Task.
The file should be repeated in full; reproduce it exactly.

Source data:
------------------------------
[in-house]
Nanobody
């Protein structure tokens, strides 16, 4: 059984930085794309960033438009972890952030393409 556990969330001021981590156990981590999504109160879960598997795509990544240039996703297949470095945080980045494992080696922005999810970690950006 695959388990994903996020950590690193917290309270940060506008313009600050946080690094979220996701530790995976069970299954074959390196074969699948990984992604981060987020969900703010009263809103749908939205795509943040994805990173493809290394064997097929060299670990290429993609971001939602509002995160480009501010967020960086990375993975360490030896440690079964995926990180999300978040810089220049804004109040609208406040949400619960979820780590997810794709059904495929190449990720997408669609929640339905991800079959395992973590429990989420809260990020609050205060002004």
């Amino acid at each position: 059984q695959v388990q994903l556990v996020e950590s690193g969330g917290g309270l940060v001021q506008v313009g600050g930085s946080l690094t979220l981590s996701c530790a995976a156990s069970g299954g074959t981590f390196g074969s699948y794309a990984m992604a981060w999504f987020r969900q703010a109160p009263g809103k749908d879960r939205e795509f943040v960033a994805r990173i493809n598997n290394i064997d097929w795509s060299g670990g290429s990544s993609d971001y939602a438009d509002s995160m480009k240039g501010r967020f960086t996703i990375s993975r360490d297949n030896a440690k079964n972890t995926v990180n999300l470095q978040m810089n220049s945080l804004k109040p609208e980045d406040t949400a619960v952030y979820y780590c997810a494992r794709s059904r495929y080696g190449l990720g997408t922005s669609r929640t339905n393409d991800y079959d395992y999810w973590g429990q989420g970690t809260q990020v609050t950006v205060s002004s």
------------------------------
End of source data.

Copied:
[in-house]
Nanobody
């Protein structure tokens, strides 16, 4: 059984930085794309960033438009972890952030393409 556990969330001021981590156990981590999504109160879960598997795509990544240039996703297949470095945080980045494992080696922005999810970690950006 695959388990994903996020950590690193917290309270940060506008313009600050946080690094979220996701530790995976069970299954074959390196074969699948990984992604981060987020969900703010009263809103749908939205795509943040994805990173493809290394064997097929060299670990290429993609971001939602509002995160480009501010967020960086990375993975360490030896440690079964995926990180999300978040810089220049804004109040609208406040949400619960979820780590997810794709059904495929190449990720997408669609929640339905991800079959395992973590429990989420809260990020609050205060002004």
């Amino acid at each position: 059984q695959v388990q994903l556990v996020e950590s690193g969330g917290g309270l940060v001021q506008v313009g600050g930085s946080l690094t979220l981590s996701c530790a995976a156990s069970g299954g074959t981590f390196g074969s699948y794309a990984m992604a981060w999504f987020r969900q703010a109160p009263g809103k749908d879960r939205e795509f943040v960033a994805r990173i493809n598997n290394i064997d097929w795509s060299g670990g290429s990544s993609d971001y939602a438009d509002s995160m480009k240039g501010r967020f960086t996703i990375s993975r360490d297949n030896a440690k079964n972890t995926v990180n999300l470095q978040m810089n220049s945080l804004k109040p609208e980045d406040t949400a619960v952030y979820y780590c997810a494992r794709s059904r495929y080696g190449l990720g997408t922005s669609r929640t339905n393409d991800y079959d395992y999810w973590g429990q989420g970690t809260q990020v609050t950006v205060s002004s």